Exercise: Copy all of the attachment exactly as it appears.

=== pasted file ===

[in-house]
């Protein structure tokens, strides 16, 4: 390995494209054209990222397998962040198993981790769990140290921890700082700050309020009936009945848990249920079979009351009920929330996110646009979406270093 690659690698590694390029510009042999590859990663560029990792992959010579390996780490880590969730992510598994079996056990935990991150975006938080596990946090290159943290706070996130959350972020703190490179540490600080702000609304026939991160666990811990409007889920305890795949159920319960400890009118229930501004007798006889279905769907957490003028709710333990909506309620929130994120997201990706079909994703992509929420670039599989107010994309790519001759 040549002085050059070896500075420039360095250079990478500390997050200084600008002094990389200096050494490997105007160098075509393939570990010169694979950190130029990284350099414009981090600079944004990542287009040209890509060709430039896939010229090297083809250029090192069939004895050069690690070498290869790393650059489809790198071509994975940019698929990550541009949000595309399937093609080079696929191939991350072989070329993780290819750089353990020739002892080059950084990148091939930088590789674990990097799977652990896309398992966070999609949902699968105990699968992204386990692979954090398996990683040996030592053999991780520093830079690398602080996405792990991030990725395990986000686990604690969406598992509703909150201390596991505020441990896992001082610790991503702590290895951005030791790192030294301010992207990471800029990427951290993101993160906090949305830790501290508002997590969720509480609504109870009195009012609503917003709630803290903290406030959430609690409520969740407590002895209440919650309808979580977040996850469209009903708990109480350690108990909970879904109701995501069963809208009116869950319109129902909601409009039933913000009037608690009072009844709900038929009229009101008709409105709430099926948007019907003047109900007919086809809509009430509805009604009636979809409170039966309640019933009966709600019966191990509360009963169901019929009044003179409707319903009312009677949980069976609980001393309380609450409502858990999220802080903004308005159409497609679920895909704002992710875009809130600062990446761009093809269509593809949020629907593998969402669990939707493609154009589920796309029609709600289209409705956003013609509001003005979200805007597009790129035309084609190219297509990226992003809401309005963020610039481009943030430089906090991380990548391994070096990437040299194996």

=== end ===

[in-house]
């Protein structure tokens, strides 16, 4: 390995494209054209990222397998962040198993981790769990140290921890700082700050309020009936009945848990249920079979009351009920929330996110646009979406270093 690659690698590694390029510009042999590859990663560029990792992959010579390996780490880590969730992510598994079996056990935990991150975006938080596990946090290159943290706070996130959350972020703190490179540490600080702000609304026939991160666990811990409007889920305890795949159920319960400890009118229930501004007798006889279905769907957490003028709710333990909506309620929130994120997201990706079909994703992509929420670039599989107010994309790519001759 040549002085050059070896500075420039360095250079990478500390997050200084600008002094990389200096050494490997105007160098075509393939570990010169694979950190130029990284350099414009981090600079944004990542287009040209890509060709430039896939010229090297083809250029090192069939004895050069690690070498290869790393650059489809790198071509994975940019698929990550541009949000595309399937093609080079696929191939991350072989070329993780290819750089353990020739002892080059950084990148091939930088590789674990990097799977652990896309398992966070999609949902699968105990699968992204386990692979954090398996990683040996030592053999991780520093830079690398602080996405792990991030990725395990986000686990604690969406598992509703909150201390596991505020441990896992001082610790991503702590290895951005030791790192030294301010992207990471800029990427951290993101993160906090949305830790501290508002997590969720509480609504109870009195009012609503917003709630803290903290406030959430609690409520969740407590002895209440919650309808979580977040996850469209009903708990109480350690108990909970879904109701995501069963809208009116869950319109129902909601409009039933913000009037608690009072009844709900038929009229009101008709409105709430099926948007019907003047109900007919086809809509009430509805009604009636979809409170039966309640019933009966709600019966191990509360009963169901019929009044003179409707319903009312009677949980069976609980001393309380609450409502858990999220802080903004308005159409497609679920895909704002992710875009809130600062990446761009093809269509593809949020629907593998969402669990939707493609154009589920796309029609709600289209409705956003013609509001003005979200805007597009790129035309084609190219297509990226992003809401309005963020610039481009943030430089906090991380990548391994070096990437040299194996």